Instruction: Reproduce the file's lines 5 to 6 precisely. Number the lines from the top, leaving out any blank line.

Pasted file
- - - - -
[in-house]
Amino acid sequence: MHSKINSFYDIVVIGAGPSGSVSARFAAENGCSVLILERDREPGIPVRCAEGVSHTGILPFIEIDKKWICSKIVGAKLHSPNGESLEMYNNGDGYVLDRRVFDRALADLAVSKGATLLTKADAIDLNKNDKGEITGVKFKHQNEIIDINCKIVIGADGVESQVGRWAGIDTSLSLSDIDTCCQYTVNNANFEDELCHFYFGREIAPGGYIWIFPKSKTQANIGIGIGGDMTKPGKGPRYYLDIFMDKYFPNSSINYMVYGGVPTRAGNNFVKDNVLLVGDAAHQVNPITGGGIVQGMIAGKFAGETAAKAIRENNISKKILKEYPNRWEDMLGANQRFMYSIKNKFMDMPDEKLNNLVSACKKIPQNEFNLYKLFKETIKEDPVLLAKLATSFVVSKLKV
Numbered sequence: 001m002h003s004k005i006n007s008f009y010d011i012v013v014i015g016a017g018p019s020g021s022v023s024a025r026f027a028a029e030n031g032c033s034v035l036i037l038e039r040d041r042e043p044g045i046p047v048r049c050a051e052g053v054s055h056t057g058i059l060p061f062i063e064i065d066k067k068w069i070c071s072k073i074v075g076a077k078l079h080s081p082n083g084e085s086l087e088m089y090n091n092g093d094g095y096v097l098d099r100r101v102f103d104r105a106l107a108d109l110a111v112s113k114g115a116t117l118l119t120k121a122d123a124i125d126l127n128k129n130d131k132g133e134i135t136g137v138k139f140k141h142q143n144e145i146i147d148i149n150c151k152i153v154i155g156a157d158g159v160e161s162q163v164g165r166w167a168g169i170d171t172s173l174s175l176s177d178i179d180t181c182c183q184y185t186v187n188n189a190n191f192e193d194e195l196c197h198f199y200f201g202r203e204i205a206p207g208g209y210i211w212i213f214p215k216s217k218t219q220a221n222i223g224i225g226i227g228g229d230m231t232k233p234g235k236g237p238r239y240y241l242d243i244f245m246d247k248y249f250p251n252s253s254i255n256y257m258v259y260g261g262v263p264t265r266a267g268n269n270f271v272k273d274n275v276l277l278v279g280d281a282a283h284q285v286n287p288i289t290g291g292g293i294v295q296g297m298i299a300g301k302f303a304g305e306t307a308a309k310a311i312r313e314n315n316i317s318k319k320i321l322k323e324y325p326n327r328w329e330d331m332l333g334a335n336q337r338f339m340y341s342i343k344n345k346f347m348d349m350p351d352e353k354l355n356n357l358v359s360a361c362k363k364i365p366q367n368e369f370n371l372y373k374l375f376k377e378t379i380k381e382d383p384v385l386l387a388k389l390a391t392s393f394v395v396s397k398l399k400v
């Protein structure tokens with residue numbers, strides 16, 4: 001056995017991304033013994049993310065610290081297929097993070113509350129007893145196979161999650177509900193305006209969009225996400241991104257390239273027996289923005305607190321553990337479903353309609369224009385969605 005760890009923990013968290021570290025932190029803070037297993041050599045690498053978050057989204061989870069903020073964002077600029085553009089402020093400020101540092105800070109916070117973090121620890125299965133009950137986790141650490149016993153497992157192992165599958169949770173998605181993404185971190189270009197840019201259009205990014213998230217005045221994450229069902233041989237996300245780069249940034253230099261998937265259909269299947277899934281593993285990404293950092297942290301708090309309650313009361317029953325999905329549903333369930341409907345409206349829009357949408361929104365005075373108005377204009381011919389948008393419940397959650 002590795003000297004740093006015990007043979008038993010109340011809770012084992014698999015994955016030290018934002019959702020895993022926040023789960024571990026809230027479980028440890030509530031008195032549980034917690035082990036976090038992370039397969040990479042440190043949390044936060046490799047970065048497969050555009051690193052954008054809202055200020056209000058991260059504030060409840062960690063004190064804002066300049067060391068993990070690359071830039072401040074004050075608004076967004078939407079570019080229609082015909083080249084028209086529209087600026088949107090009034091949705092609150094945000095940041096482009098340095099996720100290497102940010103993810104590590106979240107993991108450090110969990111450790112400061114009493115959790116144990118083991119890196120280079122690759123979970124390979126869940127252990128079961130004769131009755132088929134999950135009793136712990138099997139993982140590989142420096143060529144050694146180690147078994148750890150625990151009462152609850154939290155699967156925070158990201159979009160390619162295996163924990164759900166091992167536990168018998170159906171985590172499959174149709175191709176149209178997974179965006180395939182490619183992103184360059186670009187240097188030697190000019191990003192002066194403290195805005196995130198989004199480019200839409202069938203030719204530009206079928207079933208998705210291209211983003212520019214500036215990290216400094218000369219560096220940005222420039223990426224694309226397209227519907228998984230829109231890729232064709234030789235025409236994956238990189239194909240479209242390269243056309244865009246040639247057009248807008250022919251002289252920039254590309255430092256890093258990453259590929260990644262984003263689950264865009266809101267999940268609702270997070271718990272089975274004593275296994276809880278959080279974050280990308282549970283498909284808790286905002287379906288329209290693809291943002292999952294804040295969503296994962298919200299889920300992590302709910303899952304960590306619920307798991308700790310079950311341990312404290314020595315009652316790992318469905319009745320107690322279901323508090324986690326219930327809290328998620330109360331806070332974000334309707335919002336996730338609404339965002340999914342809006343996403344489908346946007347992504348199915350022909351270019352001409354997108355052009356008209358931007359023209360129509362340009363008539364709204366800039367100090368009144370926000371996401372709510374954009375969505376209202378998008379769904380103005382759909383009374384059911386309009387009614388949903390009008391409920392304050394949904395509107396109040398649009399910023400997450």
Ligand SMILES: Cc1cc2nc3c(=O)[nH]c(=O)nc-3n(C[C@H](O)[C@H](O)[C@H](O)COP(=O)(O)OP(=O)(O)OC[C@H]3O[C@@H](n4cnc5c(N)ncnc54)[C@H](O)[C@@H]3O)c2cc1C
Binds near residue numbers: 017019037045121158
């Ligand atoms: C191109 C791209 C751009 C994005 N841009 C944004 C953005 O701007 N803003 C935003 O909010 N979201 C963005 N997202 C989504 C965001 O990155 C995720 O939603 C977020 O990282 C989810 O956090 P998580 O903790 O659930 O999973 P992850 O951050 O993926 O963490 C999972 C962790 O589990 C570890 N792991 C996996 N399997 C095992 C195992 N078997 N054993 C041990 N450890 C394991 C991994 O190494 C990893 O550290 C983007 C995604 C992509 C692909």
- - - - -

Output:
Ligand SMILES: Cc1cc2nc3c(=O)[nH]c(=O)nc-3n(C[C@H](O)[C@H](O)[C@H](O)COP(=O)(O)OP(=O)(O)OC[C@H]3O[C@@H](n4cnc5c(N)ncnc54)[C@H](O)[C@@H]3O)c2cc1C
Binds near residue numbers: 017019037045121158